Ever on the lookout for something original, I am delighted to recommend a fresh, unexpected and welcome take on vampires—from New Zealand, of all places. It’s called What We Do in the Shadows, and it’s unlike anything you’ve ever seen before.
What the bloodsuckers in this frolic actually do, in or out of the shadows, is make you laugh. This is one of those “found footage” thrillers in the overworked horror-movie genre popularized by The Blair Witch Project about a documentary film crew that sets out to cover a secret society of diverse monsters staging a ball called “The Unholy Masquerade.” Each crew member wore a crucifix and was granted protection by the film’s major subjects—four vampire roommates who agree to open up their clandestine lives for the first time in order to broaden public awareness.
WHAT WE DO IN THE SHADOWS ★★★
Written and directed by: Jemaine Clement and Taika Waititi
The friendliest and funniest is Viago, who is 379 years old. Then there is Deacon, the gang rebel, who sleeps upside down like a bat. (He’s only 183, so he doesn’t know any better.) Vladislar, 862, has his own torture chamber, which he doesn’t use much anymore since techniques have become more refined in modern times. Besides, who can compete with 8,000-year-old Petyr, whose bald head, talon fingers and long, sharpened fangs are more in the Nosferatu school of terror.
They are funny, competitive, vain (“I became a vampire when I was 16,” brags Vlad, “which is why I always look 16”) and terrible at keeping the house neat. They have a unique family politic, but when you have four vampires in the same flat, you’re bound to have tension. They do sleep in coffins and set their electric alarm clock for 6 p.m. every night, but they are housemates, as well. One of the drawbacks of having no reflection in the mirror is that you need somebody else to tell you how you look.
Jackie is a human who runs their errands and doubles as housekeeper, providing them with new victims. In return, they promise, someday they’ll bite her in the neck and provide everlasting life for her, too. And they always see the bright side of every crisis. After sinking his teeth into a new female corpse so fast that it sprays plasma all over the room, Viago (or is it Vlad?) turns to the camera apologetically: “O.K., so that didn’t go so good, I hit the main artery. So yes, it’s a real mess. On the up side, I think she had a really good time.” Macabre but hilarious, their latest convert, a hick named Nick, tries to bring them up to speed with the Internet and a description of the Twilight series. It all leads up to the top secret Unholy Masquerade Ball where the little family group is set upon by werewolves and it’s every fiend for himself. Not for the faint of heart, but I couldn’t wait to see what happened next. These vampires are not dull.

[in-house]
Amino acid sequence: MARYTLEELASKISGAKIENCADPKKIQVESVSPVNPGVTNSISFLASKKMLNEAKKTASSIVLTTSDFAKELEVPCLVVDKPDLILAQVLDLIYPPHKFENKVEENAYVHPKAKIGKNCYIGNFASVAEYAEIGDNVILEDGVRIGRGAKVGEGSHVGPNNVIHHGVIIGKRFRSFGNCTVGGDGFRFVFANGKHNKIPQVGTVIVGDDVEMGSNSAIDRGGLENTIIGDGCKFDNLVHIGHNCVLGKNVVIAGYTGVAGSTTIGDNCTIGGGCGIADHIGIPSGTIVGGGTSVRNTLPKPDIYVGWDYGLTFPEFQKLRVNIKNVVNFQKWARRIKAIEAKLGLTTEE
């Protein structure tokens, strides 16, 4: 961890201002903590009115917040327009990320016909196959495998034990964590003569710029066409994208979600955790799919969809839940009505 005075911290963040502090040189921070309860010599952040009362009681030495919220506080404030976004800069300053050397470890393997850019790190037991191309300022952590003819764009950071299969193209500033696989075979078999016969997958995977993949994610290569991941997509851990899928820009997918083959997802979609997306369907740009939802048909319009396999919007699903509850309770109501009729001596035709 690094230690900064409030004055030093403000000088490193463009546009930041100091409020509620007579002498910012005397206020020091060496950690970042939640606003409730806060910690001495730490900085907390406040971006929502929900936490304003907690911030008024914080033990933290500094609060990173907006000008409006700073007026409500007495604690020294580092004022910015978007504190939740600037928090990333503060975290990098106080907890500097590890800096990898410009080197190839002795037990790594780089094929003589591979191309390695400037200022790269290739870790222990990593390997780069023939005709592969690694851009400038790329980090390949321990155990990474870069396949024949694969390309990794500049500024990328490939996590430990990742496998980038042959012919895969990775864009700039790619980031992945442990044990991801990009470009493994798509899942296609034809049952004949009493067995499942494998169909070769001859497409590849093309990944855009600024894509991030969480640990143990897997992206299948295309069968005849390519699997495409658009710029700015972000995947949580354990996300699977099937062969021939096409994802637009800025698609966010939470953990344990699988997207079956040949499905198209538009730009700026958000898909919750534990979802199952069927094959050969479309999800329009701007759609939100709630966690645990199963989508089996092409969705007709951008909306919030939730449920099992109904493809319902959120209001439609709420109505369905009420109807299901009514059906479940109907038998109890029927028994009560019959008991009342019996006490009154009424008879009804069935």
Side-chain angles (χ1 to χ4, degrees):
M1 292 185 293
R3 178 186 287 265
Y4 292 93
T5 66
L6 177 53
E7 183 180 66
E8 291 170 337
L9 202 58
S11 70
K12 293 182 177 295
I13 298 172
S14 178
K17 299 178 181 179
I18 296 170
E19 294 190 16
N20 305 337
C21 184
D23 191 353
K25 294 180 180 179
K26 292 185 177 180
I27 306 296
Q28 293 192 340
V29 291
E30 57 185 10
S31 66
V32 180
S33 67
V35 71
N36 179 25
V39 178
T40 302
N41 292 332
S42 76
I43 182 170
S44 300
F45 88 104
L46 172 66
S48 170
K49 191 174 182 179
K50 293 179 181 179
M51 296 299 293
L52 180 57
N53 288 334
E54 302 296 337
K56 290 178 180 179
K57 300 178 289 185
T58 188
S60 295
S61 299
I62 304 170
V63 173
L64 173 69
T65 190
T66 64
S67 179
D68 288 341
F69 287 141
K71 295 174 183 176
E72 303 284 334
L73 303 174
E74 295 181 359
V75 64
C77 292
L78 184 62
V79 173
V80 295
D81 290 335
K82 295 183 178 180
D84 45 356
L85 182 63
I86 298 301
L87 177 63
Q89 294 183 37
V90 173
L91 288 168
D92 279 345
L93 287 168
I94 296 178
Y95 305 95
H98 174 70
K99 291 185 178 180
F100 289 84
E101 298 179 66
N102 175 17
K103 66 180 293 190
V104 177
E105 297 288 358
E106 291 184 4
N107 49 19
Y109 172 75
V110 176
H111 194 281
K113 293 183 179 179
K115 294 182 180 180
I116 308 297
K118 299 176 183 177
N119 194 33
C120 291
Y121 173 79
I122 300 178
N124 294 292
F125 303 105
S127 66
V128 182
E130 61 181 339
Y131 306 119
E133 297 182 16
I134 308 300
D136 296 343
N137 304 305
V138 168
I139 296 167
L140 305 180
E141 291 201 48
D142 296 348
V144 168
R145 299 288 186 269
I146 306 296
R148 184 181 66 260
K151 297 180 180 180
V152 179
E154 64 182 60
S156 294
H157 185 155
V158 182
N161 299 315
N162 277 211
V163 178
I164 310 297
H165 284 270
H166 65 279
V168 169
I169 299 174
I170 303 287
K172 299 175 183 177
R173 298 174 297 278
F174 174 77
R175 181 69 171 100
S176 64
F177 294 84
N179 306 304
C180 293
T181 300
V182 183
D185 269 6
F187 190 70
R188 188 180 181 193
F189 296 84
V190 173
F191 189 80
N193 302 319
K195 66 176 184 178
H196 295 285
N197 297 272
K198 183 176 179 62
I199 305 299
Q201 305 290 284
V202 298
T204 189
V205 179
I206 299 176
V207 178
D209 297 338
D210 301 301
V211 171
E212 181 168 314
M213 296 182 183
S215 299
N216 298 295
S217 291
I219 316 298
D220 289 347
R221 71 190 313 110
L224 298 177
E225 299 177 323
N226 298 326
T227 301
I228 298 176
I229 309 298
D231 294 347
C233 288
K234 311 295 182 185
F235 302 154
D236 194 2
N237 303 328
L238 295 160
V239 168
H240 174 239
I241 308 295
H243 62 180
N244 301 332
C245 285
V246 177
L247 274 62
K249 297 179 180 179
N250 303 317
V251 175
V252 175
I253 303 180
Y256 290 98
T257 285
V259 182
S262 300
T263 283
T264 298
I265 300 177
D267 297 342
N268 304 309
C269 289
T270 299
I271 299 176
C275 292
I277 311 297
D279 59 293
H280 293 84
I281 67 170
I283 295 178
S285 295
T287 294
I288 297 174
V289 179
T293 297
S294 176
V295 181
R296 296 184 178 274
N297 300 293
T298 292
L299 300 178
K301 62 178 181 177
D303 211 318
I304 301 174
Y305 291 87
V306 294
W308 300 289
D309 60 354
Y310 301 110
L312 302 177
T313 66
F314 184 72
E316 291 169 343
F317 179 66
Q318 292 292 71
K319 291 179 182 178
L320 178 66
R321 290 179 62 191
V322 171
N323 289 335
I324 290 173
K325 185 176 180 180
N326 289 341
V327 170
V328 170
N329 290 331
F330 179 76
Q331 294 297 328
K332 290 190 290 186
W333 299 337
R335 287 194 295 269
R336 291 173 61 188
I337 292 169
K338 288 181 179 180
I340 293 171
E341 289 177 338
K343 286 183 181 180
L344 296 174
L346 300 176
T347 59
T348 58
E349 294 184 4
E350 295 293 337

Written and directed with an encomium of imagination by Jemaine Clement and Taika Waititi (who also play Vlad and Viago, respectively, and with great relish) the movie is illustrated by the most beautiful artistic images of the medieval underworld, vampire paintings, drawings, costumes, makeup and fashions ever assembled for a horror film, collected from archives, art galleries and research libraries from Austin, Texas, to Salzburg, Austria. When you aren’t wincing from horror, there is always something witty to marvel at. In the end, what they do in the shadows is bloody incomparable. You gotta love Viago, a lonely Dracula who turns to the camera in closing and expresses his first happy relationship in four centuries with an old crone who seems quite thrilled with her new status as a vampire: “Some people freak out about the age difference. They say what’s this 96-year-old lady doing with a guy four times her age? They can call me cradle snatcher. Who cares? I decided to bite her and now we’re gonna be together forever.”
Vampires have had a bad rap. But these guys are never mopey, their antics could easily have been written by Mel Brooks, and you gotta admit they’re different.